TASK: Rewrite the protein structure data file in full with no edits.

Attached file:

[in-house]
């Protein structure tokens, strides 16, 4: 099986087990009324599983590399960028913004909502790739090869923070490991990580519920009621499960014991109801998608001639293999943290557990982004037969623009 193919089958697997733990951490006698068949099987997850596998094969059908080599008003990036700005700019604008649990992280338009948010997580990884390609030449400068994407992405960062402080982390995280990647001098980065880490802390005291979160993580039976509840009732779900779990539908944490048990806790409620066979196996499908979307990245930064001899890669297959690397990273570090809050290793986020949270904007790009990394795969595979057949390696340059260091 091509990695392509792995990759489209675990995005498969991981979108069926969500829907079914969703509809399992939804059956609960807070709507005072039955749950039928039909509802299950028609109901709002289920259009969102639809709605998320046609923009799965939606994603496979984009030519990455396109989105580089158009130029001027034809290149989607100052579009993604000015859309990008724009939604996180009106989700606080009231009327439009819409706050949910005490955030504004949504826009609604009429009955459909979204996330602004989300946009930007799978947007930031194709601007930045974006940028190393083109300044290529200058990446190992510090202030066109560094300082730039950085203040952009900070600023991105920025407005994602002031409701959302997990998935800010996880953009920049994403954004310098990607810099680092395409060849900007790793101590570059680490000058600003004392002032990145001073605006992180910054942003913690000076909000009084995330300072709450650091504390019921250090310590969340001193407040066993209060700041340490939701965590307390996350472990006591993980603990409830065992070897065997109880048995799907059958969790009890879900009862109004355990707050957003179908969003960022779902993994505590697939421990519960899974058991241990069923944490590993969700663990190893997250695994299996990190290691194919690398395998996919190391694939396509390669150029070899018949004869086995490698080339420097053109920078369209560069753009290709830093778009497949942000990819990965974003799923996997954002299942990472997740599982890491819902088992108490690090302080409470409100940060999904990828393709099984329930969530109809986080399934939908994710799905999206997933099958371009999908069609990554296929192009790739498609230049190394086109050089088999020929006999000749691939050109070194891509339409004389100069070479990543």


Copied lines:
[in-house]
């Protein structure tokens, strides 16, 4: 099986087990009324599983590399960028913004909502790739090869923070490991990580519920009621499960014991109801998608001639293999943290557990982004037969623009 193919089958697997733990951490006698068949099987997850596998094969059908080599008003990036700005700019604008649990992280338009948010997580990884390609030449400068994407992405960062402080982390995280990647001098980065880490802390005291979160993580039976509840009732779900779990539908944490048990806790409620066979196996499908979307990245930064001899890669297959690397990273570090809050290793986020949270904007790009990394795969595979057949390696340059260091 091509990695392509792995990759489209675990995005498969991981979108069926969500829907079914969703509809399992939804059956609960807070709507005072039955749950039928039909509802299950028609109901709002289920259009969102639809709605998320046609923009799965939606994603496979984009030519990455396109989105580089158009130029001027034809290149989607100052579009993604000015859309990008724009939604996180009106989700606080009231009327439009819409706050949910005490955030504004949504826009609604009429009955459909979204996330602004989300946009930007799978947007930031194709601007930045974006940028190393083109300044290529200058990446190992510090202030066109560094300082730039950085203040952009900070600023991105920025407005994602002031409701959302997990998935800010996880953009920049994403954004310098990607810099680092395409060849900007790793101590570059680490000058600003004392002032990145001073605006992180910054942003913690000076909000009084995330300072709450650091504390019921250090310590969340001193407040066993209060700041340490939701965590307390996350472990006591993980603990409830065992070897065997109880048995799907059958969790009890879900009862109004355990707050957003179908969003960022779902993994505590697939421990519960899974058991241990069923944490590993969700663990190893997250695994299996990190290691194919690398395998996919190391694939396509390669150029070899018949004869086995490698080339420097053109920078369209560069753009290709830093778009497949942000990819990965974003799923996997954002299942990472997740599982890491819902088992108490690090302080409470409100940060999904990828393709099984329930969530109809986080399934939908994710799905999206997933099958371009999908069609990554296929192009790739498609230049190394086109050089088999020929006999000749691939050109070194891509339409004389100069070479990543």